Fen Blow: The five reasons not to visit the Fens

PUBLISHED: 13:29 17 February 2006 | UPDATED: 21:42 28 May 2010

With great glee, two friends in London have sent me a new guidebook. It lists five reasons why nobody should visit the Fens - which, they have always maintained, is a primitive land without any creature comforts. And here they ve found proof that they re

With great glee, two friends in London have sent me a new guidebook. It lists five reasons why nobody should visit the Fens - which, they have always maintained, is a primitive land without any creature comforts.

And here they've found proof that they're right to refuse to travel north of Hampstead.

This guidebook's first two reasons for not visiting "one of the bleakest landscapes in the British Isles" are that it smells and that the air is poisonous. Then there's a danger of catching malaria - and the fourth reason is the local population.

It's obviously not the sort of book that will please Fen tourism - even if the obnoxious smells it mentions are not actually the stink of the Nestle Purina pet food and McCain chips. For, to be honest, this is not a guide to present-day Britain but a description of the island as it was 1,500 years ago. It's called AD 500 and it's by Simon Young.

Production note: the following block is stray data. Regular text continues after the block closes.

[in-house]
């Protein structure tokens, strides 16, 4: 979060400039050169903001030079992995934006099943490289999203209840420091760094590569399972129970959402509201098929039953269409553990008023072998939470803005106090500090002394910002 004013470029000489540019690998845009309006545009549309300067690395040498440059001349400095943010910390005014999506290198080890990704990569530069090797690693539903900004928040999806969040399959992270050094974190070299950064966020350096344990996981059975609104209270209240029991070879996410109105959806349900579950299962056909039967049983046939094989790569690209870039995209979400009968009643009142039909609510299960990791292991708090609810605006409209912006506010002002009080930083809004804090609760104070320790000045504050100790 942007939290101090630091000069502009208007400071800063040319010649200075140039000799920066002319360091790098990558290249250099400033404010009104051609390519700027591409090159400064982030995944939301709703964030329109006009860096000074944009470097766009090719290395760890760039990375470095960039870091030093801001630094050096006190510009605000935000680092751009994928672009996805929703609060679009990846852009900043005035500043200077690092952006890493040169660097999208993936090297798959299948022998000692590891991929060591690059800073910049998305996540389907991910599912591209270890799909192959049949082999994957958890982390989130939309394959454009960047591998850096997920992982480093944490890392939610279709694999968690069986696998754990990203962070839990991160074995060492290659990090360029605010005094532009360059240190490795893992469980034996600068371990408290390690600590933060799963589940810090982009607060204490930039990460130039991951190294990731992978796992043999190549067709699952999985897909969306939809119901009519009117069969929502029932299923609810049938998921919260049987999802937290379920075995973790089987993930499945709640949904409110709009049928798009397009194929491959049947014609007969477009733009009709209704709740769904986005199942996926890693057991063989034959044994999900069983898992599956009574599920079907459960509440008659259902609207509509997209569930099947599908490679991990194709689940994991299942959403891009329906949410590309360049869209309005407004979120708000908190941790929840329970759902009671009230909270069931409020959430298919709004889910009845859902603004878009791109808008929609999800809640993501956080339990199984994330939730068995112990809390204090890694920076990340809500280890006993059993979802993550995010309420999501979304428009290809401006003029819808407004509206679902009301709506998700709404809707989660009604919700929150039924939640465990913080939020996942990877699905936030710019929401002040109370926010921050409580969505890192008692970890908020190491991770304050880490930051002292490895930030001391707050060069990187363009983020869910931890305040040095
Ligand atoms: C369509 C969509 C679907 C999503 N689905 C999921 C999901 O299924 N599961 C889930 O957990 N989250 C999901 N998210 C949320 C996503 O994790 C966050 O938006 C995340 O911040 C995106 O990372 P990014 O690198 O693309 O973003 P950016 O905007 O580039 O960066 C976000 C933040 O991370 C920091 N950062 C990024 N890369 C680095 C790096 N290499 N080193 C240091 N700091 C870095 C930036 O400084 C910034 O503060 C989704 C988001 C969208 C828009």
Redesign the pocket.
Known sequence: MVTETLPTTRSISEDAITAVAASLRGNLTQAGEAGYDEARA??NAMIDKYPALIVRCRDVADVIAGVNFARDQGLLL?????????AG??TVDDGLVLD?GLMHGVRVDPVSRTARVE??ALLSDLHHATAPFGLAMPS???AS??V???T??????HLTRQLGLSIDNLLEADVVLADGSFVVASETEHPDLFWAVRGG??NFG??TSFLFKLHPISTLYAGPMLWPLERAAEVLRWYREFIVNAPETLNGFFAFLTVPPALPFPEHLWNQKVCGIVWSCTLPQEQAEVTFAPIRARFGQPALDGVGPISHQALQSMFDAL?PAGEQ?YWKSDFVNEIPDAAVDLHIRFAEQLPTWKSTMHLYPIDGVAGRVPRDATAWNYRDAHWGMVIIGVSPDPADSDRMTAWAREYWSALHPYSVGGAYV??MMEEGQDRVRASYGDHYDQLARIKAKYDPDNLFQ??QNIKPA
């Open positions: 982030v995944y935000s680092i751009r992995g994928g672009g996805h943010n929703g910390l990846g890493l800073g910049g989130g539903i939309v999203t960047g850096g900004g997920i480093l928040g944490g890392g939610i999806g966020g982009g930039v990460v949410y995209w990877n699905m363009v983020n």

He imagines the dangers a traveller would face as he toured ancient Britain. Fenland, he fairly accurately reports, was then a land of "stinking mud". Secondly, the so-called poisonous air was famous because it was thought to be responsible for the hallucinogenic mould that grew on the local bread: mould that we now call LSD. And indeed there is ample evidence that weird St Guthlac (who lived the life of a hermit in Crowland) was permanently "high" simply because he ate stale rye bread.

Simon Young's third reason is fair. Malaria was indeed common in these swamp lands in the summer months. As for his fourth reason - yes, the local inhabitants were indeed hostile to the few travellers who ventured into the area. So nothing's changed there, then. Except that our ancestors were themselves unwelcome economic migrants from Saxony, which is why they were called Saxons.

This means that anyone who now claims to be a true Fenlander is descended from an illegal German immigrant.

But what of the fifth reason? That danger was caused by the "thrys" or Fen goblins. They lived underwater. They loved the taste of human blood and would attack humans in foggy weather.

No-one's proved they are extinct. I'm sure the editor of this paper will pay handsomely for the first photo of a live specimen.

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